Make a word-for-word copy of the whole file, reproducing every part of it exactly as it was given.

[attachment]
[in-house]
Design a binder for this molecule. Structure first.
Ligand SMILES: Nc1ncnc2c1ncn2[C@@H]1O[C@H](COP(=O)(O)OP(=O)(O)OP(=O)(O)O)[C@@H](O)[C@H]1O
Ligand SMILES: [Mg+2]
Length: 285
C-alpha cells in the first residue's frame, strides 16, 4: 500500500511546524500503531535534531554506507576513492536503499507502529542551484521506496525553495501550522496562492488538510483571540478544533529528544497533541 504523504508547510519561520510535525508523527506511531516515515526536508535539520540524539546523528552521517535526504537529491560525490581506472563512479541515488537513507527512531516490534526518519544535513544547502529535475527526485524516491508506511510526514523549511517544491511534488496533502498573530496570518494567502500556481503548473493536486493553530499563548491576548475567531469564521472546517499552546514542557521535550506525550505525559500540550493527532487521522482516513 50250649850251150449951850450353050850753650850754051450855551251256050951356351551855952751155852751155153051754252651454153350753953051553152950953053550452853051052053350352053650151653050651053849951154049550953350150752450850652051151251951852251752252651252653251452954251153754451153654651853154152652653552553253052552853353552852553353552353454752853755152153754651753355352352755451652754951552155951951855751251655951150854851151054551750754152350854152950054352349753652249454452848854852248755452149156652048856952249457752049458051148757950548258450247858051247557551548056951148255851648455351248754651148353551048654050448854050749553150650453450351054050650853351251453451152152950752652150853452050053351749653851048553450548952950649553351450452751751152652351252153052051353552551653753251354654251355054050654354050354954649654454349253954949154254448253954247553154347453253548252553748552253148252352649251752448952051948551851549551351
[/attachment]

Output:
[in-house]
Design a binder for this molecule. Structure first.
Ligand SMILES: Nc1ncnc2c1ncn2[C@@H]1O[C@H](COP(=O)(O)OP(=O)(O)OP(=O)(O)O)[C@@H](O)[C@H]1O
Ligand SMILES: [Mg+2]
Length: 285
C-alpha cells in the first residue's frame, strides 16, 4: 500500500511546524500503531535534531554506507576513492536503499507502529542551484521506496525553495501550522496562492488538510483571540478544533529528544497533541 504523504508547510519561520510535525508523527506511531516515515526536508535539520540524539546523528552521517535526504537529491560525490581506472563512479541515488537513507527512531516490534526518519544535513544547502529535475527526485524516491508506511510526514523549511517544491511534488496533502498573530496570518494567502500556481503548473493536486493553530499563548491576548475567531469564521472546517499552546514542557521535550506525550505525559500540550493527532487521522482516513 50250649850251150449951850450353050850753650850754051450855551251256050951356351551855952751155852751155153051754252651454153350753953051553152950953053550452853051052053350352053650151653050651053849951154049550953350150752450850652051151251951852251752252651252653251452954251153754451153654651853154152652653552553253052552853353552852553353552353454752853755152153754651753355352352755451652754951552155951951855751251655951150854851151054551750754152350854152950054352349753652249454452848854852248755452149156652048856952249457752049458051148757950548258450247858051247557551548056951148255851648455351248754651148353551048654050448854050749553150650453450351054050650853351251453451152152950752652150853452050053351749653851048553450548952950649553351450452751751152652351252153052051353552551653753251354654251355054050654354050354954649654454349253954949154254448253954247553154347453253548252553748552253148252352649251752448952051948551851549551351